Bill Gates thinks there's room for a balanced solution to the debate over Apple's refusal to comply with an FBI order demanding it provide access to a phone belonging to one of the San Bernardino shooters, breaking slightly from the strong cautions voiced by many in Silicon Valley.
In an interview with the Financial Times, the Microsoft co-founder said this specific request for information by the government won't necessarily set a harmful precedent. Apple CEO Tim Cook has said that bypassing the security on this handset would mean creating a "backdoor" that would make every iPhone more vulnerable to hackers.
The company Gates helped create has defended Apple. Microsoft President and Chief Legal Officer Brad Smith posted on Twitter about the debate last week saying "in a world where we need to keep both the public safe and privacy rights secure, backdoors take us backwards."
But Gates said the discussion isn't about creating a backdoor. "This is a specific case where the government's asking for access to information. They're not asking for some general thing, they're asking for a particular case," Gates said.
Gates later clarified his comments in an interview with Bloomberg on Tuesday morning and said he's not backing the FBI but looking to strike a balance between the two arguments.
"I do believe that with the right safeguards, there are cases where the government on our behalf—like stopping terrorism, which could get worse in the future — that that is valuable," he said on Bloomberg. "Clearly, the government's taken information historically and used it in ways that we didn't expect, going all the way back to the FBI under J. Edgar Hoover."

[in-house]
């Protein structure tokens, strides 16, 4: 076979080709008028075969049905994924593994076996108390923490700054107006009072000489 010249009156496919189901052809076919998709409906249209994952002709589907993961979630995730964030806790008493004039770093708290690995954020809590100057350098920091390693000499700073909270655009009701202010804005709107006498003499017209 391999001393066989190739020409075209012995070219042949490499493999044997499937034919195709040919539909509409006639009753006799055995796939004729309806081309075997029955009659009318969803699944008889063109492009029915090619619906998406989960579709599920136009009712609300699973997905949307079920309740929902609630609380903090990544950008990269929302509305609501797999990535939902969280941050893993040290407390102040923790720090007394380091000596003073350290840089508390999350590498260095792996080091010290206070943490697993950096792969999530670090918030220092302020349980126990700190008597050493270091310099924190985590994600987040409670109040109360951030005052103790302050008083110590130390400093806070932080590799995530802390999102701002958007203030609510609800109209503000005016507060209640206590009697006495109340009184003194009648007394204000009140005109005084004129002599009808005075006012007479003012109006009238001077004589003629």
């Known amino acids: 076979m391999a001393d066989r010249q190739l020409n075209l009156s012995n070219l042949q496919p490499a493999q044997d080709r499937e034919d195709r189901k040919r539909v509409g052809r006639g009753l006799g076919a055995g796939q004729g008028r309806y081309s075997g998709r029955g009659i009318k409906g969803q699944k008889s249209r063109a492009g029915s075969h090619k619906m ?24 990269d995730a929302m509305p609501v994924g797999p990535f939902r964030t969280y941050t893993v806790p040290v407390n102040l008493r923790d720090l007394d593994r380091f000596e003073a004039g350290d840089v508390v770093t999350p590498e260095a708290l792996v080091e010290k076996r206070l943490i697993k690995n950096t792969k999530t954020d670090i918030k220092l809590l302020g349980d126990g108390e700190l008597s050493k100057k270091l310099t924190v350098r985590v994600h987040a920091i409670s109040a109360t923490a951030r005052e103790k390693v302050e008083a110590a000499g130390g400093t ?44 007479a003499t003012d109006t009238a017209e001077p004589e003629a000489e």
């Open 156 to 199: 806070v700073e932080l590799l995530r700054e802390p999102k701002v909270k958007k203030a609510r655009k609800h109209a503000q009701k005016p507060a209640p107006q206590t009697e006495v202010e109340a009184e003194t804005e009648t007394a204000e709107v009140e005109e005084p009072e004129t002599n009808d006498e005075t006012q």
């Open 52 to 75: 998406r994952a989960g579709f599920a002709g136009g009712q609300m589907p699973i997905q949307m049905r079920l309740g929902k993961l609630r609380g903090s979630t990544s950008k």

He said the government shouldn't be unable to access important information, and he hopes to see a robust debate on the issue as the courts decide what to do.
His comments offer the latest insight into the ongoing clash between Apple and the FBI, which wants Apple to help authorities hack Syed Farook’s county-owned work phone. The heated debate has led to calls for Apple's cooperation by Republican presidential candidate Donald Trump and family members of the shooting victims.
"It is no different than [the question of] should anybody ever have been able to tell the phone company to get information, should anybody be able to get at bank records," Gates said in the Financial Times interview. "Let’s say the bank had tied a ribbon round the disk drive and said, ‘Don’t make me cut this ribbon because you’ll make me cut it many times.'"